Thesis title and description:
"Children of War to Immigrants: Transistional Justice Following El Salvador's Civil War, 1990-2001"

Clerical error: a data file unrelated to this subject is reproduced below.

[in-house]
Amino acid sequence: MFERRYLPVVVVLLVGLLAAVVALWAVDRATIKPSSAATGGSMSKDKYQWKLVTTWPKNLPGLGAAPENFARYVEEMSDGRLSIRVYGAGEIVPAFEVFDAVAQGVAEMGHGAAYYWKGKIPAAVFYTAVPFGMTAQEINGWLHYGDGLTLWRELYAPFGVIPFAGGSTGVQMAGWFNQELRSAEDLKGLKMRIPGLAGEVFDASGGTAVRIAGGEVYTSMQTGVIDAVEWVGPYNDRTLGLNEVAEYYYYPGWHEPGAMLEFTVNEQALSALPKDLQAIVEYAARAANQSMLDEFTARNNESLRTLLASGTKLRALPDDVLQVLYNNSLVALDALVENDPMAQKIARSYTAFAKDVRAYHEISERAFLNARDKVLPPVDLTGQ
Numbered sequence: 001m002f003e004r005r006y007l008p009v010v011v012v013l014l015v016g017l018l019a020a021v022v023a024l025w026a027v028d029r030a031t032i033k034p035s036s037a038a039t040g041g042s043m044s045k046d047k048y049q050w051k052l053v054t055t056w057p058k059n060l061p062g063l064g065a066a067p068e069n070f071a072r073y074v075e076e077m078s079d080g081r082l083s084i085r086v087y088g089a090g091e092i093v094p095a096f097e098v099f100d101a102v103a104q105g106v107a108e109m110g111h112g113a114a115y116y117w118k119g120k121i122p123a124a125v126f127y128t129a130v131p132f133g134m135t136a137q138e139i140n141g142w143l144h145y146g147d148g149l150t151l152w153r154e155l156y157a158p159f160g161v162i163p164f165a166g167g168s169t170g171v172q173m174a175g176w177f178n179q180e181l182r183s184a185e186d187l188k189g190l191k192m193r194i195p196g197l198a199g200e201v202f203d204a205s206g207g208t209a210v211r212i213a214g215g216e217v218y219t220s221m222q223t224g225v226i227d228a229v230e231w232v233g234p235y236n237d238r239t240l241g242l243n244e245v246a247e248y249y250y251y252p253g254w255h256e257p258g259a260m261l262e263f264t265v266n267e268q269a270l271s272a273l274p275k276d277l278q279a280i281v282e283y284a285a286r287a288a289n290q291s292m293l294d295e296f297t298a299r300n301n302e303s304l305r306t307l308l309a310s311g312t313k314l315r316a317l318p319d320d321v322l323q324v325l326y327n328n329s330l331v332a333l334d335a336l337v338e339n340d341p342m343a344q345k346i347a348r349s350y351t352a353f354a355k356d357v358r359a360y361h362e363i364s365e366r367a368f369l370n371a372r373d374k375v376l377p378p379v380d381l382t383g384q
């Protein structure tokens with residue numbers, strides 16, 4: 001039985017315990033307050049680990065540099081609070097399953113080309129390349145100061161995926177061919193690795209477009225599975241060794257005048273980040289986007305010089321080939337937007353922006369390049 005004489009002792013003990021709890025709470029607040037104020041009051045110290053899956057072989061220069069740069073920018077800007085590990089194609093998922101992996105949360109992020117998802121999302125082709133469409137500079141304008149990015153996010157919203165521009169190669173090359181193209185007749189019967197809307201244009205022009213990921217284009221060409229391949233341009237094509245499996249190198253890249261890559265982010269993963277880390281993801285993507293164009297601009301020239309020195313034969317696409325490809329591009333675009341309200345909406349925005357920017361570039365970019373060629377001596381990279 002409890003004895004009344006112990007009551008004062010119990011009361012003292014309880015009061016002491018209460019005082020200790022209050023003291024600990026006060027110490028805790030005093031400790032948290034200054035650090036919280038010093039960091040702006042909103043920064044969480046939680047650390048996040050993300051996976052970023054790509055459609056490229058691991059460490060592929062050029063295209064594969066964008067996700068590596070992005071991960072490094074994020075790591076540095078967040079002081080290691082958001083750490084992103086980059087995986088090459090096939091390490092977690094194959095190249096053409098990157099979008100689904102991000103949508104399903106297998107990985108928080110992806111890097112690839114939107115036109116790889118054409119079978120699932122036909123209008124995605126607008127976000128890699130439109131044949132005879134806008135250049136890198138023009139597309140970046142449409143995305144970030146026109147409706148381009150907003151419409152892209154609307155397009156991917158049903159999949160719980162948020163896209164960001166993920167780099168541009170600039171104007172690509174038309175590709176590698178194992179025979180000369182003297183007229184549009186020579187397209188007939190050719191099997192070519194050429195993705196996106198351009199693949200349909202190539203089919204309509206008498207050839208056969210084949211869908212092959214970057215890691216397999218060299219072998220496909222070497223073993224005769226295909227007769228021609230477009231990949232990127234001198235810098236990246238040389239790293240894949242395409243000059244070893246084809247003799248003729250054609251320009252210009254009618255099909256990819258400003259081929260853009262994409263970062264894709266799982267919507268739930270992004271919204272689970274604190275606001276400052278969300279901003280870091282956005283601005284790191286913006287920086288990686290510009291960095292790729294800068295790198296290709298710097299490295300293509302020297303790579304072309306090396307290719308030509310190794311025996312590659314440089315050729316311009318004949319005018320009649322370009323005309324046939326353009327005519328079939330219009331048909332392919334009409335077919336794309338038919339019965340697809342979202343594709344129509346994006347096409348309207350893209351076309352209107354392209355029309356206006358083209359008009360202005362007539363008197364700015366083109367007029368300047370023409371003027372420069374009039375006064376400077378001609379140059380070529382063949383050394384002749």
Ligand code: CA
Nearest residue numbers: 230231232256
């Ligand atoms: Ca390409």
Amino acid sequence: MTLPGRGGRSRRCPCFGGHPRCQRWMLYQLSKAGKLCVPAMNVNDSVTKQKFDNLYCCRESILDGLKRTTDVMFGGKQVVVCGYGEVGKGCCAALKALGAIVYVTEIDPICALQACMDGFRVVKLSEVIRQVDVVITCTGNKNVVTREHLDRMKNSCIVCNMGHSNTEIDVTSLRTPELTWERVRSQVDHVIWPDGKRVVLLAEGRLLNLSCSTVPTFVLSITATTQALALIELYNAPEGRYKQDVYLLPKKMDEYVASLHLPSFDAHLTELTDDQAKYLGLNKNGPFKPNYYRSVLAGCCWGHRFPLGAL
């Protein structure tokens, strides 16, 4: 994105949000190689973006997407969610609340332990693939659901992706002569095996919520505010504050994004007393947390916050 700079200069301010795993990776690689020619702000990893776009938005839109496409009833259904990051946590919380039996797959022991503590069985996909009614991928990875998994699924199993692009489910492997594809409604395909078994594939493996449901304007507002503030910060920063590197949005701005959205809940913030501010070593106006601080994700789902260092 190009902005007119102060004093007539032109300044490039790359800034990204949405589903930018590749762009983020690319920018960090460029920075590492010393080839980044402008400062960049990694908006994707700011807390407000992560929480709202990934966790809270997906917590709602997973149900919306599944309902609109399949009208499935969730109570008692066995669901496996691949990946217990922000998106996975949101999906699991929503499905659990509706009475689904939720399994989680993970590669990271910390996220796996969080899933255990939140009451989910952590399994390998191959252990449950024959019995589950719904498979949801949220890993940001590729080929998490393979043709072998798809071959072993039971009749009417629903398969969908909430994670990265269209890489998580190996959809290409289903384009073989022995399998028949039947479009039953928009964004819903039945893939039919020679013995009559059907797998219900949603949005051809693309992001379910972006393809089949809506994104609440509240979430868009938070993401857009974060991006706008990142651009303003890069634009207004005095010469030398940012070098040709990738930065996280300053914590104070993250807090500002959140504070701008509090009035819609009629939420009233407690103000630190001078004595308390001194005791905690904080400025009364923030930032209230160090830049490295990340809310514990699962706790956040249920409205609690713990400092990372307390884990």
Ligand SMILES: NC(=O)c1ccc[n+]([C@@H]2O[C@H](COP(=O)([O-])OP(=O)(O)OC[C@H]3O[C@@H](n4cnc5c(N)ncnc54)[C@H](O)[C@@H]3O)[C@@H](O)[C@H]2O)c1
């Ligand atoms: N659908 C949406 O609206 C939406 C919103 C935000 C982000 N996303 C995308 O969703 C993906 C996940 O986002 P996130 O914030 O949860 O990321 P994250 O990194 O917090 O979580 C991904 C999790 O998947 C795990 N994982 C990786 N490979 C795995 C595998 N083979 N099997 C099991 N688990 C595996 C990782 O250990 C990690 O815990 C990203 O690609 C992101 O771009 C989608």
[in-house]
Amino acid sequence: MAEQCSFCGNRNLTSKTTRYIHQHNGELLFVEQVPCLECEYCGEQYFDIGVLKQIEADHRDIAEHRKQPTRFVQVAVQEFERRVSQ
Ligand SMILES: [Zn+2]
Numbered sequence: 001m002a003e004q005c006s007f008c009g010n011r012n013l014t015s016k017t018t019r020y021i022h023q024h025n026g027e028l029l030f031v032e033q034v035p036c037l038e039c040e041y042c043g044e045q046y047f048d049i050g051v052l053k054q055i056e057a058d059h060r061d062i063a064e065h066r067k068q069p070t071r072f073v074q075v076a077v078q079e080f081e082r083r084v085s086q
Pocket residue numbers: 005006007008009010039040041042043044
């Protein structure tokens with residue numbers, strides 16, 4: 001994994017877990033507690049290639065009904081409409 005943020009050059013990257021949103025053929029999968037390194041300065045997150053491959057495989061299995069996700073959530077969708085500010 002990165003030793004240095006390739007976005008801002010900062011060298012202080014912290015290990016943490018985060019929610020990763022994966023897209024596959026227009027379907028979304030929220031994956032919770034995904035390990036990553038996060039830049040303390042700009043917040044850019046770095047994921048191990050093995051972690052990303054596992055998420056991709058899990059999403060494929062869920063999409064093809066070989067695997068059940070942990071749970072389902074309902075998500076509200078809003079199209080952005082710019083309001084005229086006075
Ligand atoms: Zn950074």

My thesis focuses on the experience of Salvadoran immigrants, specifically children in armed conflict, in the United States following the Salvadoran Civil War (1979 –1992) from1990, when the United States’ approved Temporary Protected Status (TPS) and rejected the majority of refugee applications from El Salvador, to 2001, when national immigration policy shifted following 9/11. My research focuses on transitional justice for Salvadoran children and its simultaneous relation to the immigrant experience in the United States. This thesis will draw on oral history as its central methodology, accompanied by a close analysis of government and advocacy organizations’ archival documents. I plan to conduct oral histories with Salvadoran immigrants, once children caught in armed conflict who now live in the US. While the focus of my work is based in the US, it tells a transnational story of migration and the reality of US involvement both abroad and domestically. I intend to argue that children during the Salvadoran Civil War, who later immigrated to and currently live in the US, have not experienced transitional justice from their native or residing countries, and furthermore, that there exists a gap in the memory of US involvement and its relation to migration from El Salvador.